[00:40:04] Ronan: Yeah, there was a meme after Joe Biden's election that went around and said, congratulations to the drugs for winning the war on drugs. Uh, and I thought that was totally on point. And, um, it's, it's interesting because a lot of people ask me, am I worried about psychedelic experiencing what we experienced in the late sixties and early seventies with, uh, the political backlash against it. And generally speaking the answer to me is no, you know, we fought a war on drugs. We spent 50 years and more money and more lives on any other than any, just about any other war. Um, and it hasn't succeeded and drugs are still ubiquitous. I don't know a single person who can't get their hands on any kind of drug that they want to at any given time. And so I think there just needs to be a collective acknowledgement that the more on drugs has failed and it won't succeed, even if people try to put it back in the box. It's just, it's, it's a losing argument, particularly in the era of the internet where, you know, there's resources for just about [00:41:00] anything anybody wants these days. And so, you know, I think the conversation needs to shift, and actually on that note, uh, you know, a number of years ago you were pretty open about supporting Donald Trump politically. Uh, two years, post-Trump uh, do you still think the future is going to be kind to him and before you answer that, I just wanna make sure you understand my perspective, which I think is actually a bit more nuanced than many. While I personally wouldn't have voted for him, in many ways I think his enduring legacy will have been to start to deconstruct some of the institutions that needed deconstruction. So in some ways I think you're right, you know, history might be kind to him because it started a process that needed to happen- needed to happen. And even Elon Musk was quoted the other day as saying, quote, there's not really an effective, garbage collection system for removing rules and regulations. So this hardens the arteries of civilizations where you're able to do less and less over time, which is kind of the point I was trying to make. But again, back to you, have your views on him changed at all? Do you think, you know, he achieved what he set out [00:42:00] to do? Do you feel good about that experience?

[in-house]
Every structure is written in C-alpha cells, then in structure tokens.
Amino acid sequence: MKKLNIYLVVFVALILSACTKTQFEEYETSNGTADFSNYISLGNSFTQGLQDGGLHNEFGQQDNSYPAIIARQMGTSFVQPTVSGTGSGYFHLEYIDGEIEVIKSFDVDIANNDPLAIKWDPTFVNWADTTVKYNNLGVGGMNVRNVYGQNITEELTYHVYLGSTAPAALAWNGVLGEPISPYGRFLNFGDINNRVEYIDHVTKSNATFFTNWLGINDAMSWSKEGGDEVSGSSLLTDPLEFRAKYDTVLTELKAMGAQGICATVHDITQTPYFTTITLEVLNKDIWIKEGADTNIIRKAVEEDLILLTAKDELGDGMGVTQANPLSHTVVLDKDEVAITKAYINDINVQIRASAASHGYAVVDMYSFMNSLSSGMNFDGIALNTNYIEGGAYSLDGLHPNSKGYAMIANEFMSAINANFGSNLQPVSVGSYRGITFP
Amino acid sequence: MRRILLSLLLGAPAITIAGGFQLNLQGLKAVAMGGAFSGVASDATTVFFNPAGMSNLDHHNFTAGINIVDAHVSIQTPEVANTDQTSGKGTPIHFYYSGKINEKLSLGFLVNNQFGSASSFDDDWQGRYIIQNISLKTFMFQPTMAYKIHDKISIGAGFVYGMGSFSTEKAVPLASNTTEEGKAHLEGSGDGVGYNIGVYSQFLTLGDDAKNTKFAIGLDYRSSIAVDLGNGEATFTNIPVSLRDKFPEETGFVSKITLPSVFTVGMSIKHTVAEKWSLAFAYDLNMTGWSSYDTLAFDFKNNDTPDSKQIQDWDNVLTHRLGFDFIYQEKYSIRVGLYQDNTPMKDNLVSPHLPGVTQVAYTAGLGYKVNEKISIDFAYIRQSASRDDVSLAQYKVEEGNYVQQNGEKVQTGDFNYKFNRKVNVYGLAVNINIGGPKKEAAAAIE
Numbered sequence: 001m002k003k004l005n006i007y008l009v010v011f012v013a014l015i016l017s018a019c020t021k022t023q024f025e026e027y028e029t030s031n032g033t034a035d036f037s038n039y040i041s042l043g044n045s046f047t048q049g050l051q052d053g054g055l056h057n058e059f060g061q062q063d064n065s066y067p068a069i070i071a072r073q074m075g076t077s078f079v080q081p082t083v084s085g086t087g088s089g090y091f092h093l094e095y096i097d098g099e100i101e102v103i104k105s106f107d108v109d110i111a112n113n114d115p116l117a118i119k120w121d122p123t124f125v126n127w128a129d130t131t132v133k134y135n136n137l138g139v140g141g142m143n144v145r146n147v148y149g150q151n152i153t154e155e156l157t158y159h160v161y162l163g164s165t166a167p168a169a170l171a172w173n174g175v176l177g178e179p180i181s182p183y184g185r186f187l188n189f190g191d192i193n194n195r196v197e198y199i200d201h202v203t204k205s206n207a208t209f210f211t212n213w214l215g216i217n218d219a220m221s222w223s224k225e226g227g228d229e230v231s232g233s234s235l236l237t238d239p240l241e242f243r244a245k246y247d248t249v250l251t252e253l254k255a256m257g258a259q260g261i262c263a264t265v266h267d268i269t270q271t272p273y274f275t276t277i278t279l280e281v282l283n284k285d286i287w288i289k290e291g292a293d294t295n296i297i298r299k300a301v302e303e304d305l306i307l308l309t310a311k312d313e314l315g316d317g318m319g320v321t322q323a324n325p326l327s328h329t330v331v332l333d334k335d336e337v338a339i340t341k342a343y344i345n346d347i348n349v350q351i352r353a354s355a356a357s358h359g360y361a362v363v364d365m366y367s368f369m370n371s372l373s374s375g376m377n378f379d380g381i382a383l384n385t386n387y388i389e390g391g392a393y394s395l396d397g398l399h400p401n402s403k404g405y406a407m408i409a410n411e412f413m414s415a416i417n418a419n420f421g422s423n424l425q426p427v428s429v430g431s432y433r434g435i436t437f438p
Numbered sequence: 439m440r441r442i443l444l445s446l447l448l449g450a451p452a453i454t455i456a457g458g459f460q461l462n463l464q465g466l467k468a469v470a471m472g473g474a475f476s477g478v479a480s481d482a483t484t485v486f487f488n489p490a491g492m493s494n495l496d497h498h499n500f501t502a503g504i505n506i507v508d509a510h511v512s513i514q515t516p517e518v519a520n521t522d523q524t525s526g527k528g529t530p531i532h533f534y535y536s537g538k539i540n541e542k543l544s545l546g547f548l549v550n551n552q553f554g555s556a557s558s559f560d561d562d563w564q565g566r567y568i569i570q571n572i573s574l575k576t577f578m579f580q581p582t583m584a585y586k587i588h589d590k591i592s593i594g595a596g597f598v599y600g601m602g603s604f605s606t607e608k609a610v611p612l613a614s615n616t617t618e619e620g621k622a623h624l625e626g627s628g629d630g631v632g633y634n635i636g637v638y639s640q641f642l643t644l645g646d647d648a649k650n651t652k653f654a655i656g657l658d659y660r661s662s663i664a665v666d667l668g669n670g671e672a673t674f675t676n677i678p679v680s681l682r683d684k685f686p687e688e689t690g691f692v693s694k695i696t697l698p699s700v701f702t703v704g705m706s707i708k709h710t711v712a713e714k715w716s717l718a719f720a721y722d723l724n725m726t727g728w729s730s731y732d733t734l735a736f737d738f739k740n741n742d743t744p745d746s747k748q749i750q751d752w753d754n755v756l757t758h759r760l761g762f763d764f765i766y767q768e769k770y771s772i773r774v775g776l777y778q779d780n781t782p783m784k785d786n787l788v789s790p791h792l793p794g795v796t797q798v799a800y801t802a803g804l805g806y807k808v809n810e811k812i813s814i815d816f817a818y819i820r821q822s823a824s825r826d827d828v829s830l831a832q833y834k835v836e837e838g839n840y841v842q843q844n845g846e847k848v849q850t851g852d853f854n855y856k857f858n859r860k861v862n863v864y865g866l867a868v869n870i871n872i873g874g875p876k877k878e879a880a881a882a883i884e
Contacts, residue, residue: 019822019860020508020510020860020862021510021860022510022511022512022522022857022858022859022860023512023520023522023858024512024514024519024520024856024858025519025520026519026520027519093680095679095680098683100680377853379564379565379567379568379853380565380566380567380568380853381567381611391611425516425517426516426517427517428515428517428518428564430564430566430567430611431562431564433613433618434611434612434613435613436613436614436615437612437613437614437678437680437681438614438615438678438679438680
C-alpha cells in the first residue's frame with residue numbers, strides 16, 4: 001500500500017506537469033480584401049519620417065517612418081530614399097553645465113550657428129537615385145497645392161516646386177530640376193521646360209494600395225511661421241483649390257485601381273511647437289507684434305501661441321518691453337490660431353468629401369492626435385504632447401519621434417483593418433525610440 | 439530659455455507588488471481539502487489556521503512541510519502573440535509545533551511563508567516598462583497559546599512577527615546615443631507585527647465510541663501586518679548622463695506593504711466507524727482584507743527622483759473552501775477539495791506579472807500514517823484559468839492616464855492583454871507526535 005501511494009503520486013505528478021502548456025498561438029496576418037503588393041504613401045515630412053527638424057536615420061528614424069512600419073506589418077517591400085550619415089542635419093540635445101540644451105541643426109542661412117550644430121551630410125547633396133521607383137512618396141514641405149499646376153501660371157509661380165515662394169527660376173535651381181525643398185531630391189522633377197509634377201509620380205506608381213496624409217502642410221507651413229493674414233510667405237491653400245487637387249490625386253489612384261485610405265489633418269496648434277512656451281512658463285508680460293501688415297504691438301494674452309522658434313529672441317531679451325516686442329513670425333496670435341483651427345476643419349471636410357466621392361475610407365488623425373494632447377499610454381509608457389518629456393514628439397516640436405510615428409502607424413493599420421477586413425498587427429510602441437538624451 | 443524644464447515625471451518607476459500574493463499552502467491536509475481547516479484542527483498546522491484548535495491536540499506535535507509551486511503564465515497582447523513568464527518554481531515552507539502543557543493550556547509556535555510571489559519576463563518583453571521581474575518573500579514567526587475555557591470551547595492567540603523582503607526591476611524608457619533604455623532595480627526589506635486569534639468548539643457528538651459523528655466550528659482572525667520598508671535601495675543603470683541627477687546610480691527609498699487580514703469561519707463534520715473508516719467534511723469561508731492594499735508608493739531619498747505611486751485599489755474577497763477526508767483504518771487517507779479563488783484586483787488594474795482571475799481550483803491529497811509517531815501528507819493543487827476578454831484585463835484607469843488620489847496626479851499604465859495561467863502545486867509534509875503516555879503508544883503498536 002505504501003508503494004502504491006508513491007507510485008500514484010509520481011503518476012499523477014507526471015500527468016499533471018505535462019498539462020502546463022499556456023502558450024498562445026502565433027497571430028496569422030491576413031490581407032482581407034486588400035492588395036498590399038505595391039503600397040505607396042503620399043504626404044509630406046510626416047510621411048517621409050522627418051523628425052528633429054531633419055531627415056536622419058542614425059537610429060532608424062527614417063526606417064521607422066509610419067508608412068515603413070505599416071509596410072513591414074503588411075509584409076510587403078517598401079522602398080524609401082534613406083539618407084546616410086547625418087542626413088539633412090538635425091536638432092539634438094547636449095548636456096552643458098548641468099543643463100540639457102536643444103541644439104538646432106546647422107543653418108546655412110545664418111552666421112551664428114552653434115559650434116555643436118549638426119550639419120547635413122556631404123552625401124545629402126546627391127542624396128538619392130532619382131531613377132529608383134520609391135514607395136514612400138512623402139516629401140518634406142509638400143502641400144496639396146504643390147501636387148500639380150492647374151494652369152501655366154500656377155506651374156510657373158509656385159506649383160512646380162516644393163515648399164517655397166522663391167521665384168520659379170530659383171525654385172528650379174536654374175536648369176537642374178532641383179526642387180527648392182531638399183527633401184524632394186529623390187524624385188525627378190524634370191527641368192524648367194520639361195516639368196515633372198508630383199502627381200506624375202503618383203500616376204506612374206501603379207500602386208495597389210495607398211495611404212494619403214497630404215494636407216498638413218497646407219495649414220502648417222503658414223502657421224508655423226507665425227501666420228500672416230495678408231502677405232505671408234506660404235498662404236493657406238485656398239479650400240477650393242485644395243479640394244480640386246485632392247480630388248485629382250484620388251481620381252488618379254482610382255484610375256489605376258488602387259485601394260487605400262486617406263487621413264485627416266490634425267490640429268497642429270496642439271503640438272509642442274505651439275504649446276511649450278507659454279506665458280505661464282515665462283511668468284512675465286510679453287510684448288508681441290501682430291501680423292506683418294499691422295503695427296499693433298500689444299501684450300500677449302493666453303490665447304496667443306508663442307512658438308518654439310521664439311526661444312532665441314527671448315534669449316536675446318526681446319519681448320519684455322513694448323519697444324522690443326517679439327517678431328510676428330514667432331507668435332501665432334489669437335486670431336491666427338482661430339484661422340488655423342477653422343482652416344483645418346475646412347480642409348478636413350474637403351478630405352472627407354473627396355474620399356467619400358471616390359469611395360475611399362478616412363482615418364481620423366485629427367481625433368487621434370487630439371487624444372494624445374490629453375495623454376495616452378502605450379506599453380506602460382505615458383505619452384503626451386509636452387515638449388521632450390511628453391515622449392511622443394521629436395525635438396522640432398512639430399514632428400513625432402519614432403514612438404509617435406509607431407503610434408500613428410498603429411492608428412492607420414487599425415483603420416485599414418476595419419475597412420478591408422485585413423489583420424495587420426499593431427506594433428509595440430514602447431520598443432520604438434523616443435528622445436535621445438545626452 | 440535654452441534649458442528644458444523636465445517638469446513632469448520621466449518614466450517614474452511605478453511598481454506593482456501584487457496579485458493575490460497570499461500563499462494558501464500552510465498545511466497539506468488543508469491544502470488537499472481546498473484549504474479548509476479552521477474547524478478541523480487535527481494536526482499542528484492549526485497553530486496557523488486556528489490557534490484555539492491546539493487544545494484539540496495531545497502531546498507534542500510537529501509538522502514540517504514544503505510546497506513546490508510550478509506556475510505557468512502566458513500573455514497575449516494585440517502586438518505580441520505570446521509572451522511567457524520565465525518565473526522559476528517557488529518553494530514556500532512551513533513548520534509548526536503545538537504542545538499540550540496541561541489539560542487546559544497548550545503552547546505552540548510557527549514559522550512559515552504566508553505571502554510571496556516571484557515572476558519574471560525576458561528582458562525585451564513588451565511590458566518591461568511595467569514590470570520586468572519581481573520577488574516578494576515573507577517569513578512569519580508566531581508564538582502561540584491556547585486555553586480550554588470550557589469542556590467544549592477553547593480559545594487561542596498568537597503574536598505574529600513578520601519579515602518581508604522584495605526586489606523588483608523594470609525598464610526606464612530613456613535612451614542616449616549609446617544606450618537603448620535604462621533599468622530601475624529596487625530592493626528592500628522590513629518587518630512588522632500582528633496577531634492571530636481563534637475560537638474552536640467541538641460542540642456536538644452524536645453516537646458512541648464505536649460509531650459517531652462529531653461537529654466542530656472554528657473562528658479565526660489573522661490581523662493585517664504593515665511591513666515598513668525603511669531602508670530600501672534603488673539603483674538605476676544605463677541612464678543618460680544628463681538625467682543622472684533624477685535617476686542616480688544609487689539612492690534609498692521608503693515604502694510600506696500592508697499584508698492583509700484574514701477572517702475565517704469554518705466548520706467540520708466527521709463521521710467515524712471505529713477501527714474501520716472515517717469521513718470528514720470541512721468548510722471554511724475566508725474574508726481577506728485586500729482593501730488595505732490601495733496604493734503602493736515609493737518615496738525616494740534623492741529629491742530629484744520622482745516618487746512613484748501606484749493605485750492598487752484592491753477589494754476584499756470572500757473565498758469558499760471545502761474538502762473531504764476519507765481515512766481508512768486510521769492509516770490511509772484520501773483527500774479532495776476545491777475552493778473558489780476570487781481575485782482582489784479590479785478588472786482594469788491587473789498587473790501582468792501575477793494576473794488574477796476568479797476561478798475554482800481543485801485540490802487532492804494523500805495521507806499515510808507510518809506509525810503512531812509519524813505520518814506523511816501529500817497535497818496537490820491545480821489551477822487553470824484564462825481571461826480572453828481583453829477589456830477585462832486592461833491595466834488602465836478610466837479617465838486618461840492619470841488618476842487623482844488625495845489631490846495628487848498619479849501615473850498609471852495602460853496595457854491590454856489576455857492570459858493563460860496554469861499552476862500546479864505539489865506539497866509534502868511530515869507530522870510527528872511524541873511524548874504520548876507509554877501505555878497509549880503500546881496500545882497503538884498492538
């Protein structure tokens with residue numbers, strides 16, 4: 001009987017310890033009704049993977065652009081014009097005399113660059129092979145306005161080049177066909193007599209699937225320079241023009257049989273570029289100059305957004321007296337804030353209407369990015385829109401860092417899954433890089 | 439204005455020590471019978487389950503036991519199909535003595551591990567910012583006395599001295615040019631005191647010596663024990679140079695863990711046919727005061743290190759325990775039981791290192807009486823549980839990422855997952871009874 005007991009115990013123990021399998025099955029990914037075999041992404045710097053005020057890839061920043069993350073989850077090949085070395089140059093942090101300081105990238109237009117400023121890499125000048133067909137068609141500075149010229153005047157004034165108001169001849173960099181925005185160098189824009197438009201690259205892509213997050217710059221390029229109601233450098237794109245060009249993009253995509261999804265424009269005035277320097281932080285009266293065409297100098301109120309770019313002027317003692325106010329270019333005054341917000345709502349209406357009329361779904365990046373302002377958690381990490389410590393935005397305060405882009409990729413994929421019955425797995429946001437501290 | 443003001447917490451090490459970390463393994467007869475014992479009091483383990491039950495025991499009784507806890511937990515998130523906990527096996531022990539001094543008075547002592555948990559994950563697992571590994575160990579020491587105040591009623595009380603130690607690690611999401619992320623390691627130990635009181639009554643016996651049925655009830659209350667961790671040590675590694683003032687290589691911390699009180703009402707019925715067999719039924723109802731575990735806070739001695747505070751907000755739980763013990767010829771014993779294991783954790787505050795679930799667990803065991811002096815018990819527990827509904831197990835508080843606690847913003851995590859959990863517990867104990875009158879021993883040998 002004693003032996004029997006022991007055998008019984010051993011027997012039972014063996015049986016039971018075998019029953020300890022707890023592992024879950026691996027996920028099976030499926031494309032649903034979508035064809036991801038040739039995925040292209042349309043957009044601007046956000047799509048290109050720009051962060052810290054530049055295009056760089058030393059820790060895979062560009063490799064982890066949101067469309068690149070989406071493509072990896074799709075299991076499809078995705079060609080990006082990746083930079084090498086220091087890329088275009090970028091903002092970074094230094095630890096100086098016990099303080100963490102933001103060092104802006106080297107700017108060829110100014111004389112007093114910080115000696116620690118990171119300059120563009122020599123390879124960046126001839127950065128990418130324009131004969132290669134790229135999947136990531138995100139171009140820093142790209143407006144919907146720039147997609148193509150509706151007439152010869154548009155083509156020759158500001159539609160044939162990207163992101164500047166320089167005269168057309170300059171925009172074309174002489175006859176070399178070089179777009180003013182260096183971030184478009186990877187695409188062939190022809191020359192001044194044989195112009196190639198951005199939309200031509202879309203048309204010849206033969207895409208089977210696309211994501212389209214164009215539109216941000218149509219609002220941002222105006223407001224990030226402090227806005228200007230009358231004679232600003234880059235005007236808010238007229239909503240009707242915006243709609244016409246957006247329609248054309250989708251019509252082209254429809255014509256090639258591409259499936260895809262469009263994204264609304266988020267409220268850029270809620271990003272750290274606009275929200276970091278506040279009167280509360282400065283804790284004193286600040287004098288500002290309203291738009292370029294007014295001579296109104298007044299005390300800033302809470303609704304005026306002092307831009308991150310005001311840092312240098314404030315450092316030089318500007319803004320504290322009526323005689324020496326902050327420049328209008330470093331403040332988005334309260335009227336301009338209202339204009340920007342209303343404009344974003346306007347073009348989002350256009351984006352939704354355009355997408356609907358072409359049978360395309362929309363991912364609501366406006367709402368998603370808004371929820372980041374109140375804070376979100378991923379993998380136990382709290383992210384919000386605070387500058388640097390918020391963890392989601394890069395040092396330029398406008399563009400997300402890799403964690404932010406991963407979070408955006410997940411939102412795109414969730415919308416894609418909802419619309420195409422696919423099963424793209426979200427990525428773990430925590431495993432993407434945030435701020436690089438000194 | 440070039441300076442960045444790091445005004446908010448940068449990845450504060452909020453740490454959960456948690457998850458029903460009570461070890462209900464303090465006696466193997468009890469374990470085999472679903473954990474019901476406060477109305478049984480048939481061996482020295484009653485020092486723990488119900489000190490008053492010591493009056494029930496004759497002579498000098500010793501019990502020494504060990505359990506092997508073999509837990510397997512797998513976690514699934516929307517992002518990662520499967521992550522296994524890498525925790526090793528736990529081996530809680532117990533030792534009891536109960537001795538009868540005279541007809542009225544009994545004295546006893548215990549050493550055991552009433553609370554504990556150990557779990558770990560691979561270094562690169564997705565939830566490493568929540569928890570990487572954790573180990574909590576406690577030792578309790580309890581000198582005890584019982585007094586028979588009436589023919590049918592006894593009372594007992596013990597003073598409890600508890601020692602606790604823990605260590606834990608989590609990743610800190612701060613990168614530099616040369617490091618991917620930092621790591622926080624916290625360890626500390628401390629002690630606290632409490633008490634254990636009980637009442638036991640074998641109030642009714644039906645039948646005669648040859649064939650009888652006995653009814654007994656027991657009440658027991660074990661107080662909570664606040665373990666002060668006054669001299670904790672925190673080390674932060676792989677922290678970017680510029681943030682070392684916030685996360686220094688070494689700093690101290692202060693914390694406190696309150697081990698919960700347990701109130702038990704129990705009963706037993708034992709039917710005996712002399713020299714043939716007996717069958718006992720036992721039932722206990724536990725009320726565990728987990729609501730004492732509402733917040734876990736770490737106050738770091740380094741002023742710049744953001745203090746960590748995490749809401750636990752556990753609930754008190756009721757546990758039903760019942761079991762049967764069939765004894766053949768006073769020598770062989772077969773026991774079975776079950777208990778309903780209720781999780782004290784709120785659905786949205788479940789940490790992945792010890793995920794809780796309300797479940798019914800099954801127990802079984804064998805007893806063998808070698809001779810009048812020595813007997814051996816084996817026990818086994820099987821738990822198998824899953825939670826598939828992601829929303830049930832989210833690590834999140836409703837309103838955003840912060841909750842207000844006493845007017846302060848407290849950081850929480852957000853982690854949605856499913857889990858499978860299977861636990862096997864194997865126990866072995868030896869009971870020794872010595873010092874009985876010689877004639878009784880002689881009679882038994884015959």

[00:42:02] Bob: Well, let me, let me tell you. Back when I, I supported him, it was, uh, when he was running for election the first time. Um, I was Republican then, uh, uh, I voted for him then. Um, and, um, I am now an independent. A registered independent. And, um, uh, will also say that, uh, to be an open book, I voted for him again only because, um, uh, you know, it's just, it just was not a great choice, uh, in my opinion. Uh, so, um, uh, do I see us coming back his way? I hope not. So, so, so, so there you go. What we need to do, the United States as a country, we need, we need leadership that will bring us all together and it's not, you know, I'm the president [00:43:00] of, of this particular group, whoever it is, he or she has to be president of the whole country and represent, represent us all and bring us together. Uh, so, uh, what, what we're going through now in the United States and, and, you know, up to now, uh, it reminds me of the sixties so much and how violent everything was. You know, the 101st Airborne was actually called into Philadelphia- 101st Airborne is an army combat unit to deal with snipers during the sixties. Most people don't even remember that. So, I mean, that's how that was. I mean, it was, it was rough and tumble, uh, but, uh, you know, we got past that. We came out a stronger country. Uh, I believe when, uh, all the stuff we're going through, where we're, re-inventing our country, you know, [00:44:00] and, uh, you know, and our country, you know, you have a certain part of the population, you know, uh, Americans of color where, you know, they're just not treated the same or haven't been, and they need to be, all right? And, and, and it is about time that's starting to happen while we're moving to make that happen. And I mean, are we going to eliminate it entirely? I hope so. Probably not, but what happen is over time. It'll just ease up so much where everybody gets their piece of the pie and, um, I hope I live to see it. Uh, we'll see.